Cervical Bulging Disc
 

 

Intervertebral Disc

Between each vertebra of the spine, there is a fibrocartilagenous structure called the intervertebral disc. This disc is at all levels of the cervical spine except for the first and second vertebra (atlas and axis). The intervertebral disc is comprised of a series of outer fibrous rings (annulus fibrosis) and a soft center (nucleus pulposus). The walls of the disc are thinnest and weakest posterior laterally where the spinal nerves exit the spinal column. The disc serves as a joint between the vertebrae, functions as a cushion and allows movement between the vertebrae.
Loss of neck motion, pain radiating to the arm, numbness and weakness may be caused by inflammation, damage or degeneration of a disc. Discs that tend to suffer the highest rate of degeneration and herniation are the cervical fifth and sixth (C5-C6) and the cervical sixth and seventh (C6-C7).

Bulging Disc

When the outer walls (annulus) of the disc become weak the nucleus polposus can push the walls out creating a bulge. Bulging discs are common and may be asymptomatic. They can occur as part of the aging process. If the bulge does put pressure on the nerves and surrounding soft tissue it can become symptomatic.

  • Degeneration –  or general wear and tear –  that breaks down the walls of the disc.
  • Repetitive motions, like bending and twisting, especially in combination, places the most stress on the outer fibrous rings (annulus fibrosis).
  • Discs are most susceptible to injury in the sitting or bending position as the pressure on the disc is displaced to the front (anteriorly) pushing the contents of the disc posterior laterally toward the thinner and weaker annulus fibrosis.
  • Sudden fall or trauma, like a motor vehicle accident.
  • Repetitive stress injuries, like those from over-the-head motions and heavy lifting.
  • Genetic factors may contribute to the likelihood of intervertebral disc disease.
  • Smoking makes you more susceptible to disc herniation and degeneration.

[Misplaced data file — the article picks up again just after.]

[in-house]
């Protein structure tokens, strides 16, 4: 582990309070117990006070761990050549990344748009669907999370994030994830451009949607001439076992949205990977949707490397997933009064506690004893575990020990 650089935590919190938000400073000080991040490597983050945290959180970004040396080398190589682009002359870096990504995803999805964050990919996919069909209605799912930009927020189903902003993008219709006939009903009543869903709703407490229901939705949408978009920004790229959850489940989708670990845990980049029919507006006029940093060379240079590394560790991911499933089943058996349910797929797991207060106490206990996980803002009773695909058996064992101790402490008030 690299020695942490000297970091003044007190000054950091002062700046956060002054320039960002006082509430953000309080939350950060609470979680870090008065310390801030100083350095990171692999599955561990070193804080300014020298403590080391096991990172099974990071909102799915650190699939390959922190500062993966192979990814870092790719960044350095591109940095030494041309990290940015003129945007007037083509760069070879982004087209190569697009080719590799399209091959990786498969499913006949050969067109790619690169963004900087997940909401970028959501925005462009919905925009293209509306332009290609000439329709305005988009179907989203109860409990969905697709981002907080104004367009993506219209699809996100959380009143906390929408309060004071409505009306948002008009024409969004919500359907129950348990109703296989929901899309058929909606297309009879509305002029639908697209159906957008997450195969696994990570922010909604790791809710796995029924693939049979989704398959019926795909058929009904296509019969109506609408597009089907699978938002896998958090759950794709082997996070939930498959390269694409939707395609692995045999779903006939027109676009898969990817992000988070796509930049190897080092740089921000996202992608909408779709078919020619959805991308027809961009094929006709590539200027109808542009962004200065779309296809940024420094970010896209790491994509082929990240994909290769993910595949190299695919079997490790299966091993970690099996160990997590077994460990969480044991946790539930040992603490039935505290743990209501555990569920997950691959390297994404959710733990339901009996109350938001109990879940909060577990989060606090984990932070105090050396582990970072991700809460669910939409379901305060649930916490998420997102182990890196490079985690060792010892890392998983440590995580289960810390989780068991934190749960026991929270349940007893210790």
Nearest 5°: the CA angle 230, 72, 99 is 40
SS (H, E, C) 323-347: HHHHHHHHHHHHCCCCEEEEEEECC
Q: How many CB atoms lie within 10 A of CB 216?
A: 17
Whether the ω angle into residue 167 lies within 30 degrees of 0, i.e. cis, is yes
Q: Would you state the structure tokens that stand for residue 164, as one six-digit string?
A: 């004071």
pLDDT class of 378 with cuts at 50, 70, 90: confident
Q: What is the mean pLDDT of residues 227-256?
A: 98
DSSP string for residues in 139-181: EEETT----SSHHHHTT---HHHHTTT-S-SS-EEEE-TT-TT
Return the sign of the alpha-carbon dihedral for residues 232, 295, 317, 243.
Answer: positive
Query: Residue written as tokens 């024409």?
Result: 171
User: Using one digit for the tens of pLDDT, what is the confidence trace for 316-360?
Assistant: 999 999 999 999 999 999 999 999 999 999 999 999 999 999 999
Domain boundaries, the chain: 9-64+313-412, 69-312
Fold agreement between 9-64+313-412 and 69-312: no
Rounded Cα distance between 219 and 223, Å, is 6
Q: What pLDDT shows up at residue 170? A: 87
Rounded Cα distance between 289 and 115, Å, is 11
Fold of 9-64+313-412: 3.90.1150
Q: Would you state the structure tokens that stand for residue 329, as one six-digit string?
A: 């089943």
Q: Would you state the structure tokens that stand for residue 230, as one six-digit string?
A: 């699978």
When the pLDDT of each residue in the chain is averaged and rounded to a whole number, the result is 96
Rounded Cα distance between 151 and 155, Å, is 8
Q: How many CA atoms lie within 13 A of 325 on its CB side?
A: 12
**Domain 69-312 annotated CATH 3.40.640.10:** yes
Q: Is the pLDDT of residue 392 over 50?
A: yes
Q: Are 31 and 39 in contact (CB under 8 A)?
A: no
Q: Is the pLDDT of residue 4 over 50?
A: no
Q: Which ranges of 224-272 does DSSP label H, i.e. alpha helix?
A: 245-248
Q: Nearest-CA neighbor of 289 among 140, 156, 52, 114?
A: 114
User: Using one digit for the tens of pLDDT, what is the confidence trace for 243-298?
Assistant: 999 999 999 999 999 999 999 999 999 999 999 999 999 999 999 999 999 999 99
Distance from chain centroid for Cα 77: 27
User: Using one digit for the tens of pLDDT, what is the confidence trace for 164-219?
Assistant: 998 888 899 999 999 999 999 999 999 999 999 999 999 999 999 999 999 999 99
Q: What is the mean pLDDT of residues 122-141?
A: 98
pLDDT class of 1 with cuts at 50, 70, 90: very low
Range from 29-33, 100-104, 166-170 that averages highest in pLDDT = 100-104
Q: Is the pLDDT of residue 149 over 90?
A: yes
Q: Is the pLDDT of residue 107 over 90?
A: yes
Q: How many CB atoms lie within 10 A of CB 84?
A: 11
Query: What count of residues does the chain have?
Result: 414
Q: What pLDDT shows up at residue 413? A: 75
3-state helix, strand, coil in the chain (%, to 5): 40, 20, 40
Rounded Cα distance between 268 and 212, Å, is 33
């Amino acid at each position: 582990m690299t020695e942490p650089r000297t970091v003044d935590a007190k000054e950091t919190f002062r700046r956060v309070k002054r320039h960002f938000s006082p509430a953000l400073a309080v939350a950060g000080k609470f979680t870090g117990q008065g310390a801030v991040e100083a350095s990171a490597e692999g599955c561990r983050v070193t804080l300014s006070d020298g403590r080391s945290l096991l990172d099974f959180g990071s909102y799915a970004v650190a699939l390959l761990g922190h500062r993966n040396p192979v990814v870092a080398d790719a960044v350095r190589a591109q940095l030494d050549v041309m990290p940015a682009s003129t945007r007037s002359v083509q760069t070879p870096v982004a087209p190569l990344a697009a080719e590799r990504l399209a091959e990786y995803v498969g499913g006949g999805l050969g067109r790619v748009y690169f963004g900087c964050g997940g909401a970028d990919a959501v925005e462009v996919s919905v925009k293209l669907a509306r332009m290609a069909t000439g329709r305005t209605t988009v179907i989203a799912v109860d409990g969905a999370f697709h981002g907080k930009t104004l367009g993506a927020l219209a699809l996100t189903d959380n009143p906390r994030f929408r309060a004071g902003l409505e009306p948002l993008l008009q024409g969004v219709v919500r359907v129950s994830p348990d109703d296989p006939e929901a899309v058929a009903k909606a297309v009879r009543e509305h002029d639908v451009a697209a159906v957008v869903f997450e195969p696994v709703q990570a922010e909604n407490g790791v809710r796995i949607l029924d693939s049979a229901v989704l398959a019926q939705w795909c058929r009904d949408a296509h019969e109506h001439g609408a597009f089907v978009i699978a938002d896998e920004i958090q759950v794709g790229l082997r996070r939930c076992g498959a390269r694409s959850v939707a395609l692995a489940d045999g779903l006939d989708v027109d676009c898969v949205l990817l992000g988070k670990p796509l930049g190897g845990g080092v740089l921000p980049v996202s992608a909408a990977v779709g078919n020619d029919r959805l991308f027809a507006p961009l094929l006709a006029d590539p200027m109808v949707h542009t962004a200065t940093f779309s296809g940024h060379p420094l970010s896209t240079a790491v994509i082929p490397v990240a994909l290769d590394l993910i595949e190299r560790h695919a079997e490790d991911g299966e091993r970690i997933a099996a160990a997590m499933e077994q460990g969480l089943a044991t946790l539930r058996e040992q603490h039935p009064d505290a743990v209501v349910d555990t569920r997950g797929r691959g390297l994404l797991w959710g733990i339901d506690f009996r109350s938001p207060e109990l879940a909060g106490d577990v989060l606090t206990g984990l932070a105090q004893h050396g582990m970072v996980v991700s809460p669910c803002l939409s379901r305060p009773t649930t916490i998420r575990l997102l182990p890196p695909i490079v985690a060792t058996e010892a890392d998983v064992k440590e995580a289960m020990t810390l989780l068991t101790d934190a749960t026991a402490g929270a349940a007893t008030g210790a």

When a bulging disc occurs, the symptoms will depend on the location of the bulge along the spine, and what soft tissue structures are affected. Cervical or neck disc injuries can effect the back of your head, your neck, arm, shoulder blade and your hand. Symptoms can vary from none at all to very mild, if the disc is the only structure involved, or can be more severe. Other symptoms can include:

  • Pain in your neck or radicular to the arm (pain radiates out from a specific point and around to local areas) and down to the hand if the disc presses on the nerve root.
  • Sensory changes – such as numbness, tingling, or parasthesia if the nerve is compromised.
  • Weakness, muscle atrophy or wasting in the arm or hand may occur if the motor portion of the nerve is effected by the disc’s condition. In severe cases paralysis may occur.
  • Diminished reflexes in the upper extremity.
  • Muscle spasms and changes in posture in response to the injury.
  • Loss of motion including difficulty moving your head and neck.
  • Sitting for extended periods of time may produce neck and arm pain.

Treatment of a bulging disc or injury will depend on the severity of the condition. When treating acute disc or back problems, treatment recommendations can include:

  • Rest: avoid the activities that produce the pain.
  • Anti-inflammatory and other pain medications.
  • Ice the effected area to help reduce pain and any associated muscle spasms. Apply ice right away and then at intervals for about 20 minutes at a time. Do not apply directly to the skin.